- You can now stop Google from using the content on your website to train its AI machine
- Now the Google-Extended flag in robots.txt can tell Google’s crawlers to include a site in search without using it to train new AI models like the ones powering Bard.
- Some websites, including The New York Times, have opted to legally prohibit companies from utilizing their content for AI training by updating their terms of service.
Google has unveiled a new tool named Google-Extended, providing website publishers with the option to exclude their data from being utilized to train Google’s AI models while still ensuring accessibility through Google Search. This tool enables sites to continue being scraped and indexed by web crawlers like Googlebot while preventing their data from contributing to AI model training.
Google-Extended offers publishers control over whether their websites are used to enhance Bard and Vertex AI generative APIs. It empowers web publishers to manage access to their content while exempting their data from AI training purposes. Google had previously disclosed its intention to train its AI chatbot, Bard, using publicly accessible web data.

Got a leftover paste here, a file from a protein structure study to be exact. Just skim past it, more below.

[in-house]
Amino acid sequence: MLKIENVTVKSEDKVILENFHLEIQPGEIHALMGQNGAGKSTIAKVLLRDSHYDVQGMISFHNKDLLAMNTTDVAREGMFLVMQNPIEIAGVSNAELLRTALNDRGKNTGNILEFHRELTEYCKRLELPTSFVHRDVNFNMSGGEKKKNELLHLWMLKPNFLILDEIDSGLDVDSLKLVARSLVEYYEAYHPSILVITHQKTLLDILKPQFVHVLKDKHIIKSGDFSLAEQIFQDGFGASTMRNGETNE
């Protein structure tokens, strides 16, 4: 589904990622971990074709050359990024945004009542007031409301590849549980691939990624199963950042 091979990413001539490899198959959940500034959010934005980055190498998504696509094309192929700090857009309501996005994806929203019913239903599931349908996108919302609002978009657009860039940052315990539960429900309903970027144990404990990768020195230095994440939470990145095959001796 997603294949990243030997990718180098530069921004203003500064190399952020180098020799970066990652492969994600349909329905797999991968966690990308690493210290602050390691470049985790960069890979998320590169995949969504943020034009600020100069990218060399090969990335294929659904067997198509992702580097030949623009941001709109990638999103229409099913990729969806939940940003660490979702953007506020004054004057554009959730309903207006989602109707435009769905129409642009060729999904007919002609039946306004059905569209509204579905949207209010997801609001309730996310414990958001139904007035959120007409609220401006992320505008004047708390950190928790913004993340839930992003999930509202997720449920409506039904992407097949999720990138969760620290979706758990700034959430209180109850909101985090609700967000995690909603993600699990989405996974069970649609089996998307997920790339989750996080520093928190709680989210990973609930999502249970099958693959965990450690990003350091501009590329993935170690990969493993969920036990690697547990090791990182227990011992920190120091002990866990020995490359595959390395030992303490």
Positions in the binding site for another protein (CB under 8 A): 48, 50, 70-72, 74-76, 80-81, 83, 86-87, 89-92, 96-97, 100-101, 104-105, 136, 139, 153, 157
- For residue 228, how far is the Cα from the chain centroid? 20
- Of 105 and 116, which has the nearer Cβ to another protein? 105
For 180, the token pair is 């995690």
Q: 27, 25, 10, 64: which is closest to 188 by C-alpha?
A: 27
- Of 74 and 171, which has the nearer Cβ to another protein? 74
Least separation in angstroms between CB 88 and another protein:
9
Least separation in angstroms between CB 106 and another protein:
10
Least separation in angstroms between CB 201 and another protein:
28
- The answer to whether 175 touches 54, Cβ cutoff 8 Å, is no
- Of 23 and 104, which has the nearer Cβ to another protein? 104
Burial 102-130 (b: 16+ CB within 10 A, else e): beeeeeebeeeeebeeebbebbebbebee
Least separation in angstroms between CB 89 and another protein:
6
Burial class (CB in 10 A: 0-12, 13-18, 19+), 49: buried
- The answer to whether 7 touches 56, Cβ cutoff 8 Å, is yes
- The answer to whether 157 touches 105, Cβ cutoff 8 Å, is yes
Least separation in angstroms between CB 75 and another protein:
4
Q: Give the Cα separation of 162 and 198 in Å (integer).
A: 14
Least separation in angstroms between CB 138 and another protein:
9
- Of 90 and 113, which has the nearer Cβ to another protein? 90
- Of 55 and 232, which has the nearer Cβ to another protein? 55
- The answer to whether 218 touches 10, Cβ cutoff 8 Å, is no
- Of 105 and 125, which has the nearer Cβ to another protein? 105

Danielle Romain, Google’s VP of Trust, explained in a blog post that the company recognizes the desire of web publishers for greater choice and control regarding how their content is employed in emerging generative AI applications. To utilize Google-Extended, publishers can simply disallow “User-Agent: Google-Extended” in their site’s robots.txt file, which instructs automated web crawlers on accessible content.
Google expressed its commitment to exploring additional machine-readable approaches to offer web publishers more choices and control as AI applications expand. The company emphasized that it would share further developments in this regard soon.
Several websites have already taken steps to block web crawlers used for data scraping and AI model training, including those used by OpenAI’s ChatGPT. Notable sites such as The New York Times, CNN, Reuters, and Medium have implemented measures to restrict access to their content for AI training purposes. Blocking Google, however, presents unique challenges since complete exclusion from Google’s crawlers would result in a loss of search engine indexing. Some websites, including The New York Times, have opted to legally prohibit companies from utilizing their content for AI training by updating their terms of service.
Medium recently announced its universal blocking of web crawlers until more nuanced solutions become available, echoing concerns expressed by numerous other websites grappling with the balance between indexing and data protection.
Google’s introduction of Google-Extended offers web publishers a more selective approach to participating in AI training data, aligning with evolving preferences in the digital publishing landscape.